Matthews v. Gee et al

Filing 18

MEMORANDUM OPINION. Signed by District Judge Henry E. Hudson on 3/9/2017. (sbea, )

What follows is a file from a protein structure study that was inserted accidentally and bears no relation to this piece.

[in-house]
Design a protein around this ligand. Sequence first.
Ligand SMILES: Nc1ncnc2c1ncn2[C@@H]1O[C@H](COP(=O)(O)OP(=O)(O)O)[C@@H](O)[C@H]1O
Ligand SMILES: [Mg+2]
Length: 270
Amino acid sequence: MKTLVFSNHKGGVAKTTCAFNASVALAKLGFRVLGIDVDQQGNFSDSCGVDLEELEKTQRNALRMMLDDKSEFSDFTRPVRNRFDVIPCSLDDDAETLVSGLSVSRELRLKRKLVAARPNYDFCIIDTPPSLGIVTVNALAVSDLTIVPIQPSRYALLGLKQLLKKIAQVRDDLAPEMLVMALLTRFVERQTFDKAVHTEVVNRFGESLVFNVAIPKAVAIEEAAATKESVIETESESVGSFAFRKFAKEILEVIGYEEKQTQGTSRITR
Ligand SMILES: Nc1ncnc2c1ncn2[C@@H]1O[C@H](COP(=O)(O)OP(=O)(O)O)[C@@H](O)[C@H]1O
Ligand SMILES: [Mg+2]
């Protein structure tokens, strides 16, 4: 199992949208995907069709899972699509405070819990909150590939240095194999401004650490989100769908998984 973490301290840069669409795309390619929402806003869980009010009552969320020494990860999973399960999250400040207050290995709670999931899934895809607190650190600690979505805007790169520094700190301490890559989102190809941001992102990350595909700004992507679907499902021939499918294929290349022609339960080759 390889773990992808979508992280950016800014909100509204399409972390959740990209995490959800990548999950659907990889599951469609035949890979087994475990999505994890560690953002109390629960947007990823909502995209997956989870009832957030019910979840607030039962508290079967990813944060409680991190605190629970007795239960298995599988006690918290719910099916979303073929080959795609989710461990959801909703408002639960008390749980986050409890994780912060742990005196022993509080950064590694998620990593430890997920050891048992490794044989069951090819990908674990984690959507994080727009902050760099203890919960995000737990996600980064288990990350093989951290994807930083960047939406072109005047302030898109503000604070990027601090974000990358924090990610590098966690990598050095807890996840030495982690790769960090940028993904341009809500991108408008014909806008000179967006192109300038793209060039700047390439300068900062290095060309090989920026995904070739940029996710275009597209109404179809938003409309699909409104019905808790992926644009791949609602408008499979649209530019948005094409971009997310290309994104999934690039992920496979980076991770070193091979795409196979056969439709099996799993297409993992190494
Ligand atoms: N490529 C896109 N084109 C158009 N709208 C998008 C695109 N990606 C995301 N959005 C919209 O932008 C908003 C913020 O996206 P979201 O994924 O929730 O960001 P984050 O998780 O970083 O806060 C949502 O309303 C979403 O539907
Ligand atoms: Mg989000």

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IN THE UNITED STATES DISTRICT COURT FOR THE EASTERN DISTRICT OF VIRGINIA Richmond Division ROBERT L. MATTHEWS, Plaintiff, Civil Action No. 3:17cv032-HEH V. TRACY M. GEE, et al.. Defendants. MEMORANDUM OPINION (Granting Motion to Dismiss) Plaintiff Robert L. Matthews ("Plaintiff) brings suit pro se against Defendants Tracy Gee, Nicole Clark, and the County of Lunenburg, Virginia (collectively "Defendnats"). According to Plaintiff, Gee and Clark, in their respective capacities as County Administrator and Human Resource Professional for Lunenburg County, are liable for committingtortious conduct and for violating various state and federal statutes and regulations in connection with Plaintiffs workplace injury and subsequent firing. This matter comes before the Court on Defendants' Motion to Dismiss. (ECF No. 5.) Defendants seek dismissal of all claims. Their central arguments are that Plaintiffs state-law claims are all barred by the relevant statutes of limitations and that Plaintiff has failed to sufficiently plead his other claims pursuant to Federal Rule of Civil Procedure 12(b)(6). The Defendants included an appropriate Roseboro Notice with the Motion, as required by Local Civil Rule 7(K) and the Fourth Circuit's decision in Roseboro v. Garrison, 528 F.2d 309 (4th Cir. 1975). Each side has filed memoranda supporting their respective positions. The Court will dispense with oral argument because the facts and legal contentions are adequately presented in the materials before the Court, and oral argument would not aid in the decisional process. E.D. Va. Loc. Civ. R. 7(J). For the reasons set forth below, the Court will grant Defendants' Motion. 1. BACKGROUND As required by Rule 12(b)(6) of the Federal Rules of Civil Procedure, the Court assumes Plaintiffs well-pleaded allegations to be true and views all facts in the light most favorable to him. T,G. Slater & Son v. Donald P. & Patricia A. Brennan, LLC, 385 F.3d 836, 841 (4th Cir. 2004) (citing Mylan Labs, Inc. v. Matkari, 1 F.3d 1130, 1134 (4th Cir. 1993)). At this stage, the Court's analysis is both informed and constrained by the four comers of Plaintiffs Amended Complaint. Viewed through this lens, the facts are as follows. This case arises from Plaintiffs employment with Lunenburg County. (Am, Compl. fl 5-6, ECF Nos. 1-10, 1-11.) In June 2007, the County hired Plaintiff as a "buildings and grounds technician." (Id. ^5.) Three years later, in July 2010, Defendants offered Plaintiff additional part-time work as an assistant Animal Control Officer ("ACO"). (Id. 6.) Plaintiff received initial training for the ACO position in March, 2011. (Id. ^ 9.) After completing his initial training. Plaintiff requested that Defendants provide him with additional training as well as personal protective equipment. (/(O?. 10-11.) Those requests were denied. {Id.) On May 20, 2012, while working as an ACO, Plaintiff responded to a call reporting a dog attack. {Id. 112.) Immediately after Plaintiff arrived at the scene and exited his vehicle, the dog attacked him as well. {Id.) Plaintiff suffered muhiple lacerations and punctures to his throat, hands, and wrists. {Id.) He also tore his right and left rotator cuffs, causing an 11% permanent partial disability. {Id.) Because of his injuries, Plaintiff filed a Worker's Compensation claim which was approved. {Id. H13.) However, that "claim is still pendingresolution and settlement." {Id.) After the attack, "Defendant[s] terminated Plaintiffs employment in the position of ACO." {Id. fl 15-16.) Plaintiff remained out of work for two years while recovering from his work-related injuries. {Id. H 16.) Plaintiffalleges that in May, 2012, Defendants "participated in defamation of character and invasion of privacy by placing written statements and emails into Plaintiffs personnel file documenting non-work related and non-medical related hearsay and conversations purported to be fact." {Id. 117.) Plaintiff further alleges that Defendants shared those defamatory statements with several other individuals. {Id. 118.) On May 1, 2014, Plaintiff returned to work as a buildings and grounds technician with Defendants' approval of light-duty restrictions. (Am. Compl. 119.) Despite Defendants' accommodations, Plaintiff continued to experience pain in his right shoulder. {Id. H20.) Consequently, Plaintiff took unpaid leave pursuant to the Family and Medical Leave Act ("FMLA"), beginning on September 11,2015, and lasting through December 4,2015. {Id.) Plaintiff underwent shoulder surgery on September 25, 2015. (Jd. 19.) Prior to the surgery. Defendant gave Plaintiff a performance review which stated: [I]t has cost the County a great deal of additional part-time staffing to compensate for Mr. Matthews['s] restrictions. The County has gone above and beyond to accommodate the restrictions, but we must draw the line when it costs us more than our budget to get the job done. During Bob's previous years of employment, the County rarely had to get anyone to assist him to complete his duties. Contrarily, since his return in August 2014 [after left shoulder surgery due to dog attack] to ftill-time with restrictions, the County has had to utilize inmate assistance and pay part-time staff at an hourly rate to maintain the grounds, especially weedeating, changing light bulbs, checking overhead leaks, etc. {Id. H21 (third alteration in original).) On October 22, 2015, Plaintiffs Worker's Compensation physician submitted medical orders stating that Plaintiffs medical condition limited him to sedentary work and that he was restricted to "walking or standing occasionally, [o]ccasional lifting of 10 pounds maximum and/or carrying articles like small tools." {Id. f 22.) Additionally, the physician prohibited Plaintiff from working with his right arm away from his body. {Id.) On December 4, 2015, Plaintiff received a letter from Defendants indicating that his FMLA leave would expire on December 7, 2015. {Id. f 23.) The letter stated that Plaintiffs failure to return to work that day would be deemed a resignation. {Id.) Plaintiff reported to work on December 4, 2015, seeking to return to his light duty restrictions. {Id. K24.) However, Defendants stated "no light duty work is available. You are terminated." (M)' On December 14, 2015, shortly after his termination. ' The Amended Complaint includes this statement in quotation marks but does not expressly state who said it. Plaintiff states that his "restrictions were upgraded" by the attending Workers' Compensation physician. {Id.) Plaintiff filed a complaint against Defendants in the Lunenburg County Circuit Courton August 30,2016. (ECFNo. 1-1.) That court dismissed the case against Defendants without prejudice because Plaintiff had pleaded insufficient facts to support a cause of action. (ECF No. 1-9.) Plaintiff subsequently filed his Amended Complaint on December 30, 2016, in the Lunenburg County Circuit Court. Defendants removed the case to this Court on January 17, 2017. II. STANDARD OF REVIEW "A motion to dismiss under Rule 12(b)(6) tests the sufficiency of a complaint; importantly, it does not resolve contests surrounding the facts, the merits of a claim, or the applicability of defenses." Republican Party ofN.C. v. Martin, 980 F.2d 943, 952 (4th Cir. 1992) (citation omitted). TheFederal Rules of Civil Procedure "require[] only 'a short and plain statement of the claim showing thatthe pleader is entitled to relief,' in orderto 'give the defendant fair notice of what the ... claim is and the grounds upon which it rests.'" BellAtl. Corp. v. Twombly, 550 U.S. 544, 555 (2007) (quoting Conley v. Gibson, 355 U.S. 41,47 (1957)). A complaint need not assert "detailed factual allegations," but must contain "more than labels and conclusions" or a "formulaic recitation of the elements of a cause of action." Twombly, 550 U.S. at 555 (citations omitted). Thus, the "[f]actual allegations must be enough to raise a right to relief above the speculative level," to one that is "plausible on its face," rather than merely "conceivable." Id. at 555, 570. In considering such a motion, a plaintiffs well-pleaded allegations are taken as true and the complaint is viewed in the light most favorable to the plaintiff. T.G. Slater, 385 F.3d at 841 (citation omitted). Legal conclusions enjoy no such deference. Ashcroft v. Iqbal, 556 U.S. 662, 678 (2009). The Court acknowledges that pro se complaints are afforded a liberal construction. Later v. Harvey, 438 F.3d 404, 413 n.3 (4th Cir. 2006). The Court, however, need not attempt "to discern the unexpressed intent of the plaintiff." Id. Nor does the requirement of liberal construction excuse a clear failure in the pleading to allege a federally cognizable claim. See Weller v. Dep'tofSoc. Servs., 901 F.2d 387, 390-91 (4th Cir. 1990). As the Fourth Circuit explained in Beaudett v. City ofHampton, "[t]hough \pro se^ litigants cannot, of course, be expected to frame legal issues with the clarity and precision ideally evident in the work of those trained in law, neither can district courts be required to conjure up and decide issues never fairly presented to them." 775 F.2d 1274, 1276 (4th Cir. 1985). III. DISCUSSION Defendants move to dismiss the Amended Complaint in its entirety. Plaintiff has attempted to enumerate his Amended Complaint into six separate "causes of action." However, some of these counts appear to contain multiple allegations, while others merely repeat previously stated claims. As best the Court can discern, the Amended Complaint alleges: Count One: Common law negligence and regulatory violations resulting in Plaintiffs personal injury. Count Two: Wrongful termination and failure to accommodate, both in violation of the Americans with Disabilities Act ("ADA"), 42 U.S.C. § 12101 et seq. Count Three: Common law defamation as well as violations of the Privacy Act of 1974, 5 U.S.C. § 552a, and the Health Insurance Portability and Accountability Act of 1996 ("HIPAA"), Pub. L. No. 104-191, 110 Stat. 1936. Count Four: Failure to accommodate, in violation of the ADA. Count Five: Retaliation, in violation of the ADA. Count Six: Wrongful termination, in violation of the ADA. Notwithstanding Plaintiffs organization of his claims, the Court will structure its analysis to address similar allegations together. a. Tort Claims Plaintiffs Amended Complaint alleges that he suffered personal injury and defamation as a result of Defendants' conduct. In Count One, Plaintiff alleges that his injuries from the 2012 dog attack were a result of Defendants' failure to provide him with adequate training and equipment. (Am. Compl. H31.) In Count Three, Plaintiff avers that Defendants "participated in defamatory actions" by including false statements in Plaintiffs personnel file and subsequently publishing those statements to a third party. (M1I33.) Defendants raise the affirmative defense that Counts One and Three of the Amended Complaint are procedurally barred by Virginia's statutes of limitations for personal injury and defamation. (Br. Supp. Mot. Dismiss 6, 10.) In response. Plaintiff urges the Court to adopt a "delayed accrual rule of discovery" for his personal injury and defamation claims. (PI. Second Br. 0pp. Mot. Dismiss 4-5, ECF No. 14.) He concedes that if the Court uses the date of injury to determine when the statute of limitations began to run then his "opportunity to bring [an] action has expired." (PI. First Br. 0pp. Mot. Dismiss 1-2, ECF No. 12.) However, "Plaintiff requests that the date of discovery that injury has occurred be used to determine the statute of limitations." (Id. at 2) Virginia law requires that "every action for personal injury, whatever the theory of recovery ... shall be broughtwithintwo years after the cause of action accrues." Va., Code Ann. § 8.01-243(A). And "[e]very action for injury resulting from libel, slander, insulting words, or defamation shall be brought within one year afterthe cause of action accrues." VA Code Ann. § 8.01-247.1. Additionally, in Virginia, "when an injury is sustained in consequence of the wrongftil or negligent act of another and the law affords a remedy, the statute of limitations immediately attaches'^ See Jordan v. Sands, 500 S.E.2d 215, 218 (Va. 1998)(emphasis added). Therefore, a personal injury or defamation claim does not toll during a period of time that the plaintiff was unaware of the actions—or illegality ofthose actions—^giving rise to a claim.^ The Court finds that the state-law claims in Counts One and Three are barred by the relevant Virginia statutes of limitations. The conduct giving rise to Plaintiffs alleged injuries in Count One and Count Three occurred around May, 2012, yet Plaintiff didnot file his initial complaint until well over four years later in August, 2016. {See Compl. 4; Am. Compl. fl 12, 17.) Furthermore, the statutes of limitations immediately attached at ^While there are statutory exceptions creating a discovery rule for some cases of fraud and medical malpractice, they are inapplicable here. See Va. Code Ann. § 8.01-243(C). 8 the time of injury, in May, 2012. There is no discovery rule under Virginia law which would cure Plaintiffs untimeliness. Consequently, to the extent that Counts One and Three allege tortious injury in violation of Virginia law, they are time-barred and will be dismissed with prejudice. b. Regulatory Claims In Count One, Plaintiff also alleges that, by failing to provide him with adequate safety equipment, Defendants violated Federal Occupational Safety and Health Administration ("OSHA") regulations and the Virginia Occupational Safety and Health ("VOSH") Compliance Program. (Am. Compl. 131.) However, Plaintiffs allegations of those regulatory violations also fail. Plaintiff cannot recover for alleged OSHA violations because those regulations do not provide for a private right of action. See Minichello v. U.S. Indus., Inc., 756 F.2d 26, 29 (6th Cir. 1985) ("OSHA regulations can never provide a basis for liability because Congress has specified that they should not."); Jeter v. St. Regis Paper Co., 507 F.2d 973, 977 (5th Cir. 1975) ("Congress did not intend OSHA to create a new action for damages in favor of employees."); Byrd v. Fieldcrest Mills, Inc., 496 F.2d 1323, 1323 (4th Cir. 1974) (affirming district court decision that Occupational Safety and Health Act "preclude[s] a private remedy"). Similarly, no private right of action exists under Virginia law for VOSH violations. See VA Code Ann. § 40.1-49.4 (leaving exclusive enforcement power to the Commissioner of Labor and Industry). Accordingly, to the extent that Plaintiff is attempting to state a claim for Defendants' purported regulatory violations, he cannot do so. Those claims will be dismissed with prejudice. c. Privacy Claims In Count Three, Plaintiff alleges that Defendants disseminated Plaintiffs personal employment and medical information. He contends that this constitutes violations of the Privacy Act and HIPAA. (Am. Compl. ^ 33.) However, the Complaint fails to state a cognizable claim under either federal statute. Plaintiffs allegations of violations of the Privacy Act fail because that statute only applies to federal agencies. Wheeler v. Gilmore, 998 F. Supp. 666, 668 n.4 (E.D. Va. 1998); see also Polchowski v. Gorris, 714 F.2d 749, 752 (7th Cir. 1983) (holding thatthe Privacy Act applies only to agencies of the United States Government); St. Michael's Convalescent Hosp. v. California, 643 F.2d 1369, 1373 (9th Cir. 1981) (holding that the Privacy Act's requirements do not apply to "state agencies or bodies."). Therefore, even if Defendants had engaged in conduct proscribed by the Privacy Act, Plaintiffhas no cause of action under that statute. Plaintiffs HIPAA violation claim also fails. Courts have consistently concluded that HIPAA does not create a private right of action. Acara v. Banks, 470 F.3d 569, 571 (5th Cir. 2006) (collecting cases); Segen v. Buchanan General Hosp., Inc., 552 F. Supp. 2d 579, 584 (W.D. Va. 2007) ("[I]t is clear that a private right of action does not exist based upon HIPAA violations."). Thus Plaintiff cannot state a claim based on Defendants' purported HIPAA violation. 10 Therefore, any claims which Plaintiff attempts to raise pursuant to the Privacy Act or HIPAA will be dismissed with prejudice. d. ADA Claims As best as the Court can discern, Counts Two, Four, Five, and Six of Plaintiffs Amended Complaint each attempt to allege multiple claims arising under the ADA. This combination of claims includes: (1) wrongfully discharging Plaintiff from his positions with the County; (2) failure to provide reasonable accommodations for Plaintiffs disability; (3) failure to engage in an interactive process;^ and (4) retaliation based on Plaintiffs worker's compensation claim. (Am. Compl., fl 32, 34-36.) The Court will discuss each in turn. L Wrongful Termination Plaintiffs first ADA allegation is that Defendants unlawfully discriminated against him when they fired him. "In a typical discharge case brought underthe ADA, a plaintiff mustprove by a preponderance of the evidence that (1) [he] was in the protected class; (2) [he] was discharged; (3) at the time of the discharge, [he] was performing [his] job at a levelthat met [his] employer's legitimate expectations; and (4) [his] discharge occurred under circumstances that raise a reasonable inference of unlawful discrimination." Ennis v. Nat'lAss'n ofBus. & Educ. Radio, 53 F.3d 55, 58 (4th Cir.1995) (citations omitted). ^Nowhere inthe Amended Complaint does Plaintiff use the words "interactive process." However, in his briefs, Plaintiff argues that he was attempting to raise interactive process claims. {See PI. First Br. Opp'n Mot. Dismiss 3; PI. Second Br. Opp'n Mot. Dismiss 9.) While the Court must constrain its analysis to the four comers of the Amended Complaint, because of Plaintiffs pro se status and to give him every reasonable inference as the non-moving party, the Court will address the interactive process allegation. 11 Count Two of Plaintiffs Amended Complaint alleges that Defendants violated the ADA by wrongfully terminating Plaintiff from his position as an ACO on May 20,2012, after Plaintiff sustained extensive injuries while performing job-related activities. (Am. CompL, 15, 32.) However, Defendants have raised a statute of limitations defense to the 2012 termination claim. (Def. Br. Supp. Mot. Dismiss 7-8.) Title II of the ADA does not contain a statute of limitations. A Soc 'y Without A Name v. Virginia, 655 F.3d 342, 347 (4th Cir. 2011). The ADA predates Congress's establishment of the four-year catch-all statute of limitations for federal statutes. Id, Therefore, the Fourth Circuit has held that courts should adopt the "state statute of limitations that applies to the most analogous state-law claim." Id. (citing 42 U.S.C. § 1988(a)). As a result, the Fourth Circuithas concluded that "the one-year limitations period in the Virginia Disabilities Act applies to ADA claims brought in Virginia." Id. at 348. Plaintiffs initial complaint addressing his 2012 termination was filed in the Lunenburg County Circuit Court on August 30, 2016. (Compl. 4.) This is well beyond the one-year statute of limitations for bringing ADA claims in Virginia. Consequently, any ADA claim regarding Plaintiffs 2012 termination is time-barred and will be dismissed with prejudice. In Counts Two and Six, Plaintiff appears to allege wrongful discharge or discrimination with respect to his 2015 termination. However, the Court finds that Plaintiff has failed to state a plausible claim pursuant to Rule 12(b)(6). He has pleaded no facts indicating that he was performing his job at a level that met his employer's 12 legitimate expectations at the time he was discharged. Indeed, the Complaint concedes that Plaintiff was only able to return to light-duty work, not on a full-duty basis as required by Defendant. (Am. Compl. fl 23-24.) Moreover, Plaintiff has failed to allege any facts indicating that his discharge occurred under circumstances that would permit an inference of discrimination based on his status as a disabled person. See Baird v. Rose, 192 F.3d 462,470 (4th Cir. 1999) (holding that a plaintiff alleging discrimination under the ADA must demonstrate that "his or her disability played a motivating role in the employment decision"); Ennis, 53 F.3d at 62 (affirming summary judgement against plaintiff who failed to prove that termination was linked to her son's status as a disabled person). Plaintiff alleges that he was terminated for filing a workers' compensation claim and for his inability to return to fiill-duty work. Although Plaintiffs disability may have affected his ability to work, Plaintiff does not allege that his termination was based on discrimination due to his disability. Therefore, Plaintiffhas failed to state a claim for wrongful termination under the ADA. iu Failure to accommodate The Complaint also lacks sufficient factual material to state a plausible claim that Defendants failed to accommodate Plaintiffs disability. For a failure to accommodate claim, a plaintiff must plead sufficient facts to show that "(1) [he] qualifies as an 'individual with a disability,' (2) the [employer] had notice of [the plaintiffs] disability, (3) [the plaintiff] could perform the essential functions of the job with a reasonable accommodation, and (4) the [employer] refused to make any 13 reasonable accommodation." Reyazuddin v. Montgomery Cty., 789 F.3d 407,414 (4th Cir. 2015) (citation omitted). In this case, the only element in dispute is whether Plaintiff could perform the essential functions ofthe job with a reasonable accommodation."^ A reasonable accommodation is one that will not impose an "undue hardship" on the employer's operation of business. See id. at 416-417; Myers v. Hose, 50 F.3d 278, 283 (4th Cir. 1995) (citations omitted) ("In mandating only those modifications that qualify as reasonable, Congress clearly meant to avoid placing employers in an untenable business position.");see also 42 U.S.C. § 12112(b)(5)(A). If a qualified individual cannot perform the essential functions of thejob in question, an employer may be obligated to assign a disabled employee to a vacantposition for which he is otherwise qualified. Giles v. United Airlines, Inc., 9SV3d (JihCix. 1996). However, an employer is not obligated to "createa 'new' position for the disabled employee." Id. Additionally, the ADA does not reference "an individual'sfuture ability to perform the essential functions of his position." Myers, 50 F.3d at 283. Therefore, a "reasonable accommodation is by its terms most logically construed as that which presently, or in the immediate future, enables the employee to perform the essential functions of the job in question." Id. As to his 2015 termination, Plaintiff appears to allege that Defendants failed to provide reasonable accommodations by (1) refusing Plaintiffs request to return to light ^Without citing any authority, Defendants state the Plaintiff was not disabled within the meaning of the ADA because his injury was temporary. However, the Fourth Circuit has concludedthat "an impairment is not categorically excluded from being a disability simply because it is temporary." Summers v. Altarum Institute, Corp., 740 F.3d 325, 333 (4th Cir. 2014). Therefore, Plaintiff has cleared the low 12(b)(6)hurdle by pleading enough factual material for the Court to determine that he was disabled under the ADA. 14 duty work and (2) not extending Plaintiffs "ADA coverage" until his physical restrictions were lifted. (Am. Compl. 32, 24.) However, Plaintiff has failed to sufficiently plead that Defendants' refusal to accommodate his alleged disability violated the ADA. First, Plaintiff asserts that upon return from FMLA leave he requested to perform only light duty work. But Defendants responded by informing him that "no light duty work [was] available." (Am. Compl. f 24.) The Amended Complaint does not challenge the fact that no light duty position was available. Thus, it appears that Defendants would have had to create a new position for Plaintiff. The ADA simply does not require this. Giles, 95 F.3d at 499. Additionally, Plaintiffs second performance review clearly indicates that additional accommodations would have placed Defendants in an untenable business position. In pertinent part, the review states: [I]thas cost the County a great a great deal of additional part-time staffing to compensate for Mr. Matthews restrictions. The County has gone above and beyond to accommodate the restrictions, but we mustdraw the line when it costs us more than our budget to get the job done. (Am. Compl. H21.) Therefore, even if Defendants had a vacant light workposition available, such an accommodation would clearly continue to impose an "undue [financial] hardship" on Defendants. Even when viewed in the light most favorable to Plaintiff, the Amended Complaint fails to support his argument that light duty work would constitute a reasonable accommodation. Plaintiff also states that he requested the accommodation of an extension of "ADA coverage"—^which the Court interprets as a request for additional medical leave. (Am. 15 Compl. f 24.) But the ADA only requires employers to provide accommodations which enable the disabled employee to perform the essential functions of his job. Because additional leave would necessarily render plaintiffs job unperformed, it is not the type of accommodation contemplated by the ADA. See Myers, 50 F.3d at 283 ("We therefore hold that reasonable accommodation does not require the County to wait indefinitely for Myers' medical conditions to be corrected ....")• Accordingly, Plaintiffs failure to accommodate claim will be dismissed. UL Failure to Engage in an Interactive Process Although Plaintifffails to make an express interactive process allegation in his Complaint, his brief states that Defendants refused to engage in an "interactive process to determine any other reasonable accommodations." (PI. Second Br. 0pp. Def. Mot. Dismiss 9.) Mindful of its responsibility to provide a liberal construction forpro se complaints, the Court will address whether Plaintiff has stated a plausible claim for failure to engage in an interactive process. An interactive process typically requires "thatemployers make a good-faith effort to seek accommodations." Williamson v. Bon Secours Richmond Health Sys., Inc., 34 F. Supp. 3d 607, 613 (E.D. Va. 2014) (quoting Taylor v. Phoenixville Sch. Dist., 184 F.3d 296, 315 (3d Cir. 1999)). Persistent refusal to engage in discussions or take any remedial action could arguably constitute failure to engage in the interactive process. See, e.g., Jacobs V. N.C. Admin. Ojfice ofthe Courts, 780 F.3d 562, 581-82 (4th Cir. 2015). Moreover, the ADA regulations provide: 16 To determine the appropriate reasonable accommodation it may be necessary for the covered entity to initiate an informal, interactive process with the individual with a disability in need of the accommodation. This process should identify the precise limitations resulting from the disability and potential reasonable accommodations that could overcome those limitations. 29 C.F.R. § 1630.2(o )(3). However, "the interactive process is not an end in itself; rather it is a means for determining what reasonable accommodations are available to allow a disabled individual to perform the essential job functions of the position outright." Wilson v. Dollar General Corp., 717 F.3d 337, 347 (4th Cir. 2013) (citing Rehling v. City ofChi., 207 F.3d 1009, 1015 (7th Cir. 2000)). Thus, "an employer who fails to engage in an interactive process will not be held liable if the employee cannot identify a reasonable accommodation that would have been possible." Id. (citations omitted). "Likewise, 'liability for failure to engage in an interactive process depends on a finding that, had a good faith interactive process occurred, the parties could have found a reasonable accommodation that would enable the disabled person to perform the job's essential functions.'" Id. {Q\\\ng Jones v. Nationwide Life Ins. Co., 696 F.3d 78, 91 (1st Cir. 2012)). Plaintiffs brief alleges that Defendant failed to offer an interactive process by refusing to give Plaintiff additional leave to allow the "treating physician to reevaluate the Plaintiffs medical condition and physical capabilities." (PI. Second Br. 0pp. Def. Mot. Dismiss 9.) However, as previously discussed, taking additional time off of work is not a reasonable accommodation. The facts of this case are analogous to those in the Fourth Circuit's decision in Wilson. Ill F.3d 337. In that case, the plaintiff took eight total weeks of medical leave 17 after injuring his left eye. Id. at 340. On the day the plaintiff soughtto return to work, he requested additional medical leave because his condition had worsened. Id. However, his employer gave the plaintiffthe ultimatum to return to workthat day or be terminated. Id. at 341. Unable to return to work, the plaintiff accepted his termination and sued the employer under the ADA. Id. On review, the Fourth Circuit held that the plaintiffs ADA claim failed because he did not "identify a possible reasonable accommodation that could have been discovered in the interactive process and would have allowed him to perform the essential functions of his position." Id. at 347. Similarly here, Plaintiff fails to state a claim against Defendants for refusing to engage in an interactive process because Plaintiffhas not identified a reasonable accommodation that would have allowed him to perform the essential functions of his job. Merely asking for additional medical leave is not an accommodation thatwould have enabled Plaintiffto perform his duties. Therefore, Plaintiffs claim of failure to engage in the interactive process will be dismissed. /v. Retaliation Lastly, Plaintiffalleges that Defendants' termination of his employment was unlawful retaliation. "To establish a prima facie retaliation claim under the ADA, a plaintiff must prove (1) he engaged in protected conduct, (2) he suffered an adverse action, and (3) a causal link exists between the protected conduct and the adverse action." Reynolds v. Am. Nat. Red Cross, 701 F.3d 143, 154 (4th Cir. 2012). In defining protected conduct, the ADA provides that, "[n]o person shall discriminate against any individual because such individual has opposed any act or practice made unlawful by this 18 chapter or because such individual made a charge, testified, assisted, or participated in any manner in an investigation, proceeding, or hearing under this chapter." 42 U.S.C. § 12203. Consequently, a person engages in protected conduct when he opposes a practice that the ADA makes illegal or makes an accusation that his employer has violated the ADA. See Freilich v. Upper Chesapeake Health, Inc., 313 F.3d 205, 216 (4th Cir. 2002). Although a plaintiff need not show the conduct actually constituted an ADA violation, the person must allege "the predicate for a reasonable, good faith belief that the behavior she is opposing violates the ADA." Id. Count Five of Plaintiffs Complaint alleges that "Plaintiff was wrongfully terminated in retaliation for costs associated with a legitimate [workers' compensation] claim in violation of the [ADA]." (Am. Comp. H35.) Plaintiffs allegations regarding his workers' compensation claim are wholly independent and separable from conduct made illegal by the ADA. Consequently, Plaintiff could not have a reasonable, good faith belief that his workers' compensation charges were protected activity under the ADA. As a result. Plaintiffs retaliation claims pursuant to the ADA will be dismissed. IV. CONCLUSION Based on the foregoing. Defendant's Motion to Dismiss (ECF No. 5) will be granted. Counts One and Three will be dismissed with prejudice. Counts Two, Four, Five, and Six will be dismissed without prejudice. 19 An appropriate Order will accompany this Memorandum Opinion. Henry E. Hudson United States District Judge Date: on Richmond, Virginia 20